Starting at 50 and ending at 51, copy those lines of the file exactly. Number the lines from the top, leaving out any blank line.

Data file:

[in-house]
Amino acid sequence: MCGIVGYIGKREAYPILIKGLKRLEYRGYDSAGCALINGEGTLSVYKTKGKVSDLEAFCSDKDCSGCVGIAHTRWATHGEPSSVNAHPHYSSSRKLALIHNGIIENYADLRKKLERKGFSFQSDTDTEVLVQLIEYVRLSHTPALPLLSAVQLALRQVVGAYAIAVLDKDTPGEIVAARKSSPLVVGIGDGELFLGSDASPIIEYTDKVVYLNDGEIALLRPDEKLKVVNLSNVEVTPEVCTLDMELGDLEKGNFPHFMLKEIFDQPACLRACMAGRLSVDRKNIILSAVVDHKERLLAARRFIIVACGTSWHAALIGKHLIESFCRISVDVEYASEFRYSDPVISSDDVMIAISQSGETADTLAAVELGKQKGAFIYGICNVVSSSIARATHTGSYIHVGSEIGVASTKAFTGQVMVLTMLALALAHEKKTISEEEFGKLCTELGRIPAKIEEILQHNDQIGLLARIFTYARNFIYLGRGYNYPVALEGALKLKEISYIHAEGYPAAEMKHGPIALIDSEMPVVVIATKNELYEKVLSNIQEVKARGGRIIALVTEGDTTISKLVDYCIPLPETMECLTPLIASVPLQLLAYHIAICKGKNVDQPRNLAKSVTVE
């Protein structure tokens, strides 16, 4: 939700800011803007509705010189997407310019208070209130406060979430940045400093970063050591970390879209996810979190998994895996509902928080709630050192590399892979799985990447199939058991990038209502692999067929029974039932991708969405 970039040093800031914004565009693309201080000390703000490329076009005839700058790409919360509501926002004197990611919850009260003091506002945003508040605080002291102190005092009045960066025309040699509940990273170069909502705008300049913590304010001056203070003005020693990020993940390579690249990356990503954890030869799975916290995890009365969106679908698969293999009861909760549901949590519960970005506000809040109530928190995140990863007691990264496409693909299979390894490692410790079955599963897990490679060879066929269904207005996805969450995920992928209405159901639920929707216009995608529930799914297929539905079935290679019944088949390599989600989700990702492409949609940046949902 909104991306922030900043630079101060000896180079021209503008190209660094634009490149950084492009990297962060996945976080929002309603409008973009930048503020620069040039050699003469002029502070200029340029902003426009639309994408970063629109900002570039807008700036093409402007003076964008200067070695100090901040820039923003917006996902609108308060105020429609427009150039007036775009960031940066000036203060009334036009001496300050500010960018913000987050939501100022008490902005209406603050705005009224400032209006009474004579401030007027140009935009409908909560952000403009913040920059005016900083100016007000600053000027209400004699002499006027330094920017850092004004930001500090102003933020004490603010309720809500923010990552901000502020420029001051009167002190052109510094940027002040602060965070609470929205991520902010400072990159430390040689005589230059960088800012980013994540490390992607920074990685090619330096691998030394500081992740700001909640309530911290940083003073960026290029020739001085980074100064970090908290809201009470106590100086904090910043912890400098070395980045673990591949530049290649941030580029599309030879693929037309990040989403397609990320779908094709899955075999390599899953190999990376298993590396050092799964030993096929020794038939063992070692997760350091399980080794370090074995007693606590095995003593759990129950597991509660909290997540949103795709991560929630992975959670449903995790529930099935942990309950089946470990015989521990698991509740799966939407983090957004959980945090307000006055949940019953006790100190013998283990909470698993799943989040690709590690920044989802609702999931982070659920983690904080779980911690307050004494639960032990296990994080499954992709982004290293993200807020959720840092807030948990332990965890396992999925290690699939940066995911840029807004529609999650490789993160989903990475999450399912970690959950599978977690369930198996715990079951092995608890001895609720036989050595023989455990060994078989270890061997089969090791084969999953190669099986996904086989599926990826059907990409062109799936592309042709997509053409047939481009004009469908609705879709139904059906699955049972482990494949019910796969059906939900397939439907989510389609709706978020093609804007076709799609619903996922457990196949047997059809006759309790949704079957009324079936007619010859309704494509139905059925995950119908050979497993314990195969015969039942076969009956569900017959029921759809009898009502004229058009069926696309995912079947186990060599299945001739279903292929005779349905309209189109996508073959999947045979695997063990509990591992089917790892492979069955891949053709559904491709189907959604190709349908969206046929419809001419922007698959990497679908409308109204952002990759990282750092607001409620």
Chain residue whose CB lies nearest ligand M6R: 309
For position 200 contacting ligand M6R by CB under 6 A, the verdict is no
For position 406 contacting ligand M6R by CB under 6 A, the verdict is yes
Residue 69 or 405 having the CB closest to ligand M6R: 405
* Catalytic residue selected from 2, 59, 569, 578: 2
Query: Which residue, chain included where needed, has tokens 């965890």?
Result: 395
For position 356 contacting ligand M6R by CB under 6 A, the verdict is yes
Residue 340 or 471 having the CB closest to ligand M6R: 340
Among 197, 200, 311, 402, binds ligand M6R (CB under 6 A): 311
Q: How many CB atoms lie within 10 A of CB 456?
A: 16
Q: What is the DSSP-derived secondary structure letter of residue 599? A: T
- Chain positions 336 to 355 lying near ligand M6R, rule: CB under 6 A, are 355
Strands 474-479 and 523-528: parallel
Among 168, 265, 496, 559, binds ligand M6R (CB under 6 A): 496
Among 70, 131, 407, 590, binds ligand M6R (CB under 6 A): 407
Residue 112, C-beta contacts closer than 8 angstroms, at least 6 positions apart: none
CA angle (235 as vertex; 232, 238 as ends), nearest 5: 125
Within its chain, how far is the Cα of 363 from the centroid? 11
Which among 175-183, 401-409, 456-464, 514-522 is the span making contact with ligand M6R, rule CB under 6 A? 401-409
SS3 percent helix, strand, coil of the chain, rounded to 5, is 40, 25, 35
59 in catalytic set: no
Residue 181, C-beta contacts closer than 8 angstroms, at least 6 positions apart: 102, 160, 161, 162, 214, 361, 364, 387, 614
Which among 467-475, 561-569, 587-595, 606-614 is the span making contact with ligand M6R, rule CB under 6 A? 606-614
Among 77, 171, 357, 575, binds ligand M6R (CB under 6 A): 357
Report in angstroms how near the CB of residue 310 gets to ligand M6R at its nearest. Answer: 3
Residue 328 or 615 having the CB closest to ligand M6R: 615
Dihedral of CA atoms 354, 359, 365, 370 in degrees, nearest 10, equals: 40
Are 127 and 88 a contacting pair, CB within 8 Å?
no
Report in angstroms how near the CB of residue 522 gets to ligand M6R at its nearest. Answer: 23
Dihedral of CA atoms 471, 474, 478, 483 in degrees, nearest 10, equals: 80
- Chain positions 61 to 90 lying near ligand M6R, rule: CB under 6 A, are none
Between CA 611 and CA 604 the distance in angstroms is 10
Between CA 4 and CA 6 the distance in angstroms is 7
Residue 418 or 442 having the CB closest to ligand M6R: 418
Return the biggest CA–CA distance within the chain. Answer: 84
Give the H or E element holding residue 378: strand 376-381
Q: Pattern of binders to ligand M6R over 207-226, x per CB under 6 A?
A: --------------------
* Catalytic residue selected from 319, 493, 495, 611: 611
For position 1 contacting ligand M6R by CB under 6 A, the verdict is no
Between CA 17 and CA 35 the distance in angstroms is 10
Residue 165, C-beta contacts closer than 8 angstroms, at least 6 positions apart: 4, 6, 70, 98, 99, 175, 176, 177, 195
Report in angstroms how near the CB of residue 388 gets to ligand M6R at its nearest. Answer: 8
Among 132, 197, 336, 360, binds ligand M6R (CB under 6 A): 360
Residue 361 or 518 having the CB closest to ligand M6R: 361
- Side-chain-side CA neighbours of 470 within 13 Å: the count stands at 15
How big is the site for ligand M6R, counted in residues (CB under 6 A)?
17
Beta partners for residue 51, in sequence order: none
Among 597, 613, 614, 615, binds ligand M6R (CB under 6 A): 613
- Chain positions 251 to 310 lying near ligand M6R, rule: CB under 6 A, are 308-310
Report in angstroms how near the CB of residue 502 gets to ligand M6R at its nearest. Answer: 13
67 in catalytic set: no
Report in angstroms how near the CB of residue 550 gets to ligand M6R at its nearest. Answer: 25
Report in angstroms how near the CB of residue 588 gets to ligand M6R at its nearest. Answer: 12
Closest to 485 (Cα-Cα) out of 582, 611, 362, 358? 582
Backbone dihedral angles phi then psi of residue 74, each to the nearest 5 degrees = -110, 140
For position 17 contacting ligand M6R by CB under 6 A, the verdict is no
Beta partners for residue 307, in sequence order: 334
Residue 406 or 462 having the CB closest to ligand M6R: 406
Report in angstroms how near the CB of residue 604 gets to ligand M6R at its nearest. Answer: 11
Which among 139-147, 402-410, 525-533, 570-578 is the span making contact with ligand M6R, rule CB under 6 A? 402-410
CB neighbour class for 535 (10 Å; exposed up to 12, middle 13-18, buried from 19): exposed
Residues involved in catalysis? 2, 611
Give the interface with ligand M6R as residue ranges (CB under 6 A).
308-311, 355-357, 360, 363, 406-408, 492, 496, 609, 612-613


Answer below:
Among 132, 197, 336, 360, binds ligand M6R (CB under 6 A): 360
Residue 361 or 518 having the CB closest to ligand M6R: 361